Green Home Building and Sustainable Architecture

Sustainable architecture is an exciting and important field, with many people reviving traditional methods of building and others creating innovations to established practices. Kelly Hart, webmaster of the popular website www.greenhomebuilding.com, posts text and photos featuring what he discovers from around the world.

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Location: Crestone, Colorado, United States

Kelly Hart has been involved with green building concepts for much of his life. He has also worked in various fields of communication media, including still photography, cinematography, animation, video production and now website development. Kelly has lived in an earthbag/papercrete home that he built and consults about sustainable building design.

August 12, 2005

Sustainable Housing Relief

In recent months I have had the opportunity to engage in many conversations with Dr. Owen Geiger of the Geiger Research Institute of Sustainable Building (www.grisb.org), and mostly we have talked about ways to create inexpensive, durable homes for people around the globe who are in need of shelter. This has been sparked by the obvious need of victims of the Tsunami in SE Asia to rebuild their lives with adequate homes.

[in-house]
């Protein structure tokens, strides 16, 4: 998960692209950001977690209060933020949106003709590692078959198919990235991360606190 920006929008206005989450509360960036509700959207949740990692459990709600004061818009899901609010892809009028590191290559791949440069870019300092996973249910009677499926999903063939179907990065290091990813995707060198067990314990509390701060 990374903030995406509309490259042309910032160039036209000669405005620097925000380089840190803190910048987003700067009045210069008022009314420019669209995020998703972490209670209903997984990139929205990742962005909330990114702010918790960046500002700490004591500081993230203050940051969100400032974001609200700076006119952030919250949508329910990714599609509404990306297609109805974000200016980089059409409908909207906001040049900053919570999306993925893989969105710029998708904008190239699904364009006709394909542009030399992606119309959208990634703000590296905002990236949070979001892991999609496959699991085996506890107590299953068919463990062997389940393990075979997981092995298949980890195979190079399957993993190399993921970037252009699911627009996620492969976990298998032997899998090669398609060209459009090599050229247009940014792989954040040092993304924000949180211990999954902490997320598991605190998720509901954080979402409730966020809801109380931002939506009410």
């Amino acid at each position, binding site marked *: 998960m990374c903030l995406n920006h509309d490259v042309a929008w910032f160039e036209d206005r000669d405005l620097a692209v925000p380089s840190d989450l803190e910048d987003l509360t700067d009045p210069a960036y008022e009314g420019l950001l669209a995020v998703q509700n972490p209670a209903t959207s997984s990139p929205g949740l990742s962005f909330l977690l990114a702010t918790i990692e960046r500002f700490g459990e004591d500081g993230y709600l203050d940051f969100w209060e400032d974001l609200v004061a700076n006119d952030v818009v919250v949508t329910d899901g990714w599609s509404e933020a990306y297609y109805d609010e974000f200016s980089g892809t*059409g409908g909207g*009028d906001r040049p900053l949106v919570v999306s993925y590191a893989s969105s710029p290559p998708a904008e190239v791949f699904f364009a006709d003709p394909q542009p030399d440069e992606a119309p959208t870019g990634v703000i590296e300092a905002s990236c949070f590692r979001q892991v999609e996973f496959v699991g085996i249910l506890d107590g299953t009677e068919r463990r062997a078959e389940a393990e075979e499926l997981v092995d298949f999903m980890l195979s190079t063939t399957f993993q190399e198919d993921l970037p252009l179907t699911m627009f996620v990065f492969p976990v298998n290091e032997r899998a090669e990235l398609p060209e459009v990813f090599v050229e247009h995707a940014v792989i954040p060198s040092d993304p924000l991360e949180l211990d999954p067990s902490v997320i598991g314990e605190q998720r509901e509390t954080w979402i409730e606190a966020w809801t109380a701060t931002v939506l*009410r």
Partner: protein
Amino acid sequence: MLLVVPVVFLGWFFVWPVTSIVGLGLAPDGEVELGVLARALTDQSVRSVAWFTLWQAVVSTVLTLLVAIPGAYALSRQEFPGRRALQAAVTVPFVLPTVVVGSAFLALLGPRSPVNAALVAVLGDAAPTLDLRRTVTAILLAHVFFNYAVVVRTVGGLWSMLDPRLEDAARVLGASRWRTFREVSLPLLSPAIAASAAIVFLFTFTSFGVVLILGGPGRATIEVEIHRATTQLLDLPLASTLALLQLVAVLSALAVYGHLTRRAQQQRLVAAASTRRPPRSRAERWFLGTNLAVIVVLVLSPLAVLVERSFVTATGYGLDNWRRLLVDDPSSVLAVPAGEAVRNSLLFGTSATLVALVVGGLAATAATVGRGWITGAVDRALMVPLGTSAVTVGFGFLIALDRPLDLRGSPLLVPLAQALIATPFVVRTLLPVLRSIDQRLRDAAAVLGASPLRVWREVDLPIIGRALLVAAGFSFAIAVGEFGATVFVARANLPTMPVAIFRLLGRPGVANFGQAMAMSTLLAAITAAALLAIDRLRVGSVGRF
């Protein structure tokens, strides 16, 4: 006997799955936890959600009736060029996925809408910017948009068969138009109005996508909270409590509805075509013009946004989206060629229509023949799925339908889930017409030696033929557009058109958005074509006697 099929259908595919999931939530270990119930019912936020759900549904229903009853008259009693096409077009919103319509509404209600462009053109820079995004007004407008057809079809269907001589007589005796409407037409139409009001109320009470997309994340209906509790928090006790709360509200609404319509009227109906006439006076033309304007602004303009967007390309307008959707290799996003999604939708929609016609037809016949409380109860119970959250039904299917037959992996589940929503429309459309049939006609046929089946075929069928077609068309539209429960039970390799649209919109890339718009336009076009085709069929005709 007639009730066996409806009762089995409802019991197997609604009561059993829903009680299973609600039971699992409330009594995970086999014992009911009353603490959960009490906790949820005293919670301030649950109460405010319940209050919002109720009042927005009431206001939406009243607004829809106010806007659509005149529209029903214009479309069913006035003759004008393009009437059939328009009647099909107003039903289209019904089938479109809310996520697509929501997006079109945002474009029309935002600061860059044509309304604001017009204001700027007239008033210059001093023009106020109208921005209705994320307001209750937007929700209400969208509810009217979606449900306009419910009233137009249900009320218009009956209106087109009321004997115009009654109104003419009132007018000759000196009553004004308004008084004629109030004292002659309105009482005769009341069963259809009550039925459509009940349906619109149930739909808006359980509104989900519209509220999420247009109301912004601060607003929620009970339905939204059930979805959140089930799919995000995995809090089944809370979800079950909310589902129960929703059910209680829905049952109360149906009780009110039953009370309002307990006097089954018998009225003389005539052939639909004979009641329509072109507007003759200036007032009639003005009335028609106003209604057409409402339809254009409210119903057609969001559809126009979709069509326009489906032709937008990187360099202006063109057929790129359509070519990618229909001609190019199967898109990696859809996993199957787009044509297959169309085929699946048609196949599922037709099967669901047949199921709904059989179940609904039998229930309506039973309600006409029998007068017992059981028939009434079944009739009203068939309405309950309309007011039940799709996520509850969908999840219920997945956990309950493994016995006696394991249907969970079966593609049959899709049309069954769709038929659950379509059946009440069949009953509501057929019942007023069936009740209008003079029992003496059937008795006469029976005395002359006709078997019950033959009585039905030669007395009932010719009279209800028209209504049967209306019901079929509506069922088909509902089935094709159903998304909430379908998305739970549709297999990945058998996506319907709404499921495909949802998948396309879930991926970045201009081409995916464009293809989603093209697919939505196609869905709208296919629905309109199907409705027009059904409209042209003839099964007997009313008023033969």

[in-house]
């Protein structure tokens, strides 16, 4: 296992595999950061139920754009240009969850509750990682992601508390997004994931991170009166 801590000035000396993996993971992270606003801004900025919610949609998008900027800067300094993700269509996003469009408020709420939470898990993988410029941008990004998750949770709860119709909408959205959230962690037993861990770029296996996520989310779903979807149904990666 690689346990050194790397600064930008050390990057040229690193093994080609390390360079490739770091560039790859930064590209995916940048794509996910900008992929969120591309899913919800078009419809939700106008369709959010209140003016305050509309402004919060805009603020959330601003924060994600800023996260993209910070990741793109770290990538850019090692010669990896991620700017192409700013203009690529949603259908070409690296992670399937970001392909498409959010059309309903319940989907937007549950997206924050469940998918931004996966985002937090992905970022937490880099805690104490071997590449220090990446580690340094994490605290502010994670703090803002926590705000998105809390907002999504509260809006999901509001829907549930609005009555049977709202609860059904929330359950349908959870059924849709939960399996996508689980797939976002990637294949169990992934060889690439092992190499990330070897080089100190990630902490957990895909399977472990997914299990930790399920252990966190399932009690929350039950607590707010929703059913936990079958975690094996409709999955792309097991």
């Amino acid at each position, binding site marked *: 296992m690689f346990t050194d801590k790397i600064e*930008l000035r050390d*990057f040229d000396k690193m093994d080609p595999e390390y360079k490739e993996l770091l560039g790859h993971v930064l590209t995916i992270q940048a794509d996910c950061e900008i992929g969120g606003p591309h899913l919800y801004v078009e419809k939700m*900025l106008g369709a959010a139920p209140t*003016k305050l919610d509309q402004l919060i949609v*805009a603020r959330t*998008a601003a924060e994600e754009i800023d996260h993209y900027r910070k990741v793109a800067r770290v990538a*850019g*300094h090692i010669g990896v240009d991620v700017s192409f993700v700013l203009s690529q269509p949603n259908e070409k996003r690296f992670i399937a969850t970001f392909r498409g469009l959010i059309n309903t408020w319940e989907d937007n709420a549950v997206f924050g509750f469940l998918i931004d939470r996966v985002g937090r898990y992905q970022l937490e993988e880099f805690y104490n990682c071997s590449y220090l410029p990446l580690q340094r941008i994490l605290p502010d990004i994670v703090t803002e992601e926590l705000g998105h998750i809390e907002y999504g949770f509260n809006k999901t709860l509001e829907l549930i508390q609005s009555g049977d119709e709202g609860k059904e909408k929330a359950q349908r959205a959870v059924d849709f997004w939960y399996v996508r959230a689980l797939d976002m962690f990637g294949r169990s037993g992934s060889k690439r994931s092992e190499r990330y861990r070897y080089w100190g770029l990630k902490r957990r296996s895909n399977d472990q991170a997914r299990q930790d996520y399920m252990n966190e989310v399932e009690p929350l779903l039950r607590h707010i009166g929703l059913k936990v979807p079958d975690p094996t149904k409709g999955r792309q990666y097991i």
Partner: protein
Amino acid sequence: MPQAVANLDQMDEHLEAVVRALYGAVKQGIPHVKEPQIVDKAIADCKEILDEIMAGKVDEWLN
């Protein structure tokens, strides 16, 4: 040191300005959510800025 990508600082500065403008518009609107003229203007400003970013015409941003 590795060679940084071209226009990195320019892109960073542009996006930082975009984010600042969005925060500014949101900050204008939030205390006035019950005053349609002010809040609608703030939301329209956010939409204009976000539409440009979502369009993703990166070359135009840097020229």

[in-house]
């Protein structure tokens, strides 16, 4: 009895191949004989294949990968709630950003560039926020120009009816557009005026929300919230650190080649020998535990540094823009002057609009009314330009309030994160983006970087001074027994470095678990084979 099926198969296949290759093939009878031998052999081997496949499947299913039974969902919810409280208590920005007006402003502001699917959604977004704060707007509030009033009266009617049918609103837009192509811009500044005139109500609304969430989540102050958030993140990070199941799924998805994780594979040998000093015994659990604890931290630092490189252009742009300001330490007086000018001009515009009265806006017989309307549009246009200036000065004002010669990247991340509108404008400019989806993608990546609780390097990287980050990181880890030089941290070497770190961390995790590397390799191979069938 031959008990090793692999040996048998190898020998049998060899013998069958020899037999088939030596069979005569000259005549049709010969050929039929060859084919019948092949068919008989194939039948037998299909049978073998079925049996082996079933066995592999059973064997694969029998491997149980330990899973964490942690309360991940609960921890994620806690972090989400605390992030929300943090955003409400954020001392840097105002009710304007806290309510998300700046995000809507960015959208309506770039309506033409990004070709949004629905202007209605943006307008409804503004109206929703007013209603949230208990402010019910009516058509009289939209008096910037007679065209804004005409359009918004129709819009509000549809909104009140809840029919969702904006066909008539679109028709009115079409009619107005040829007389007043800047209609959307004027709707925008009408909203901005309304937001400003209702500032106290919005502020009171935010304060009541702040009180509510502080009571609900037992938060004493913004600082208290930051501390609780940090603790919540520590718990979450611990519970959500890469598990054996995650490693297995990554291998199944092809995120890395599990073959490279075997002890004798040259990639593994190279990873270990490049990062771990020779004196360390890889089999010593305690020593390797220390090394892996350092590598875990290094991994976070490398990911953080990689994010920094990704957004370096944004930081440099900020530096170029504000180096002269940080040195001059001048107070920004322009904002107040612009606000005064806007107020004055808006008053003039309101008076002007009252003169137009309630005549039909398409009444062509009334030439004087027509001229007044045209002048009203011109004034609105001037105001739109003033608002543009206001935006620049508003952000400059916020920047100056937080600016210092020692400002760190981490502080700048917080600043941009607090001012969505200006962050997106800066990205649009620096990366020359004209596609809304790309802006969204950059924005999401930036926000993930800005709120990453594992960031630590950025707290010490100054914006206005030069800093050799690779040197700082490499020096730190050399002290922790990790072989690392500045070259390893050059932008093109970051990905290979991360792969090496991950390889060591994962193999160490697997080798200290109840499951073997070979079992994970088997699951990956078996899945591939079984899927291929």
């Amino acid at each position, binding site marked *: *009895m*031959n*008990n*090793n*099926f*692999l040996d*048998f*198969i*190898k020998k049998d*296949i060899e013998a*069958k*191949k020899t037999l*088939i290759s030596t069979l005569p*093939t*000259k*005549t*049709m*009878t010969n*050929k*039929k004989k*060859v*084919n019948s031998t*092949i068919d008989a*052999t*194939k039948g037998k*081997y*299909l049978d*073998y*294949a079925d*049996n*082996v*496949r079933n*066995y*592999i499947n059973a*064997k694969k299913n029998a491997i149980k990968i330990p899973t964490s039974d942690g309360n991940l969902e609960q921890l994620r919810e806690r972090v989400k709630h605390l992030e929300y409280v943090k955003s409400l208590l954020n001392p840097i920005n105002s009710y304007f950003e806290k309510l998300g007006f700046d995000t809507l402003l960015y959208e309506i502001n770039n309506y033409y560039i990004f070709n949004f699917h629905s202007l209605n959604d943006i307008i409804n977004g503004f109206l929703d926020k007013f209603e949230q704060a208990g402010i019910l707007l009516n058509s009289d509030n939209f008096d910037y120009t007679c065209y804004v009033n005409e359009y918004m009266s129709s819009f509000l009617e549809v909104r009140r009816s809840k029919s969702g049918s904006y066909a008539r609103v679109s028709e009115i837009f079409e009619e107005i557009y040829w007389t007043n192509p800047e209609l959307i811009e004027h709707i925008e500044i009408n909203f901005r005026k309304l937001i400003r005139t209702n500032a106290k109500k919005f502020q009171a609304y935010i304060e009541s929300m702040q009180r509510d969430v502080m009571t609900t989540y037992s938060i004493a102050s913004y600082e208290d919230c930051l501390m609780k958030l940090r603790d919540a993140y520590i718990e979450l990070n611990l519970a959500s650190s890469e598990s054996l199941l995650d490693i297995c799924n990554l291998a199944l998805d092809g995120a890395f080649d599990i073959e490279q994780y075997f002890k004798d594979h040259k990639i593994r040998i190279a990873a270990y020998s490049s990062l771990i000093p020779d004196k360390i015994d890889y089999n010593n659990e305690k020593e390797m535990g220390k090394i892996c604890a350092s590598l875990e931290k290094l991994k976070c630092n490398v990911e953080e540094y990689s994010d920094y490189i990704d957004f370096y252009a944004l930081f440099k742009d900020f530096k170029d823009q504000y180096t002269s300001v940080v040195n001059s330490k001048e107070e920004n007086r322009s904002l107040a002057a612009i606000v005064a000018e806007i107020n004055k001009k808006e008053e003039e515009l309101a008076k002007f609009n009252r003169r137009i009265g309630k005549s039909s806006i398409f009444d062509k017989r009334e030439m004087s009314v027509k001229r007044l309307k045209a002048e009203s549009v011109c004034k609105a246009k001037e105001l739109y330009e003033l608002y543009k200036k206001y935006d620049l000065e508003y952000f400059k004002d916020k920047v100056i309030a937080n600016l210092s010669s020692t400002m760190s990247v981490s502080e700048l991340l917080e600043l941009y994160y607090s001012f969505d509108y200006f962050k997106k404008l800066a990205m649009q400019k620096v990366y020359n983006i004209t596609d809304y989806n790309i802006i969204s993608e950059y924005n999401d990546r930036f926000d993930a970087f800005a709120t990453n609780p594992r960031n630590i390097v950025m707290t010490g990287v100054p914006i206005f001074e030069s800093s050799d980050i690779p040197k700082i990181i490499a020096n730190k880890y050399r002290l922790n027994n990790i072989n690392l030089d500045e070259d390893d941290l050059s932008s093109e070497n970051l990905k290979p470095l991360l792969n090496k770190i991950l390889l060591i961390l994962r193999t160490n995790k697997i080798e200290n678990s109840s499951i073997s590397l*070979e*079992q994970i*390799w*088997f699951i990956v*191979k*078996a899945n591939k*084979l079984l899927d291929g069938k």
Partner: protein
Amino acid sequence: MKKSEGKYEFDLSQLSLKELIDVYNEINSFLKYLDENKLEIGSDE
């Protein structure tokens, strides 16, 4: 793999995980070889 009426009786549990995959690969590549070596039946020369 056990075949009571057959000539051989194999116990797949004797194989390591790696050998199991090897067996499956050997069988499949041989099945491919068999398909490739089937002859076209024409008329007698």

Many of the solutions that have either been proposed or implemented for this purpose have been too expensive, too technological in nature, too impermanent, or culturally inappropriate. Especially in flood-prone areas, we have focused on the use of earthbags filled with locally available materials as the primary building block. These can withstand the onslaught of wind, water, and earthquakes without deteriorating, are inexpensive and simple to construct, and can be used to fashion many different styles of buildings.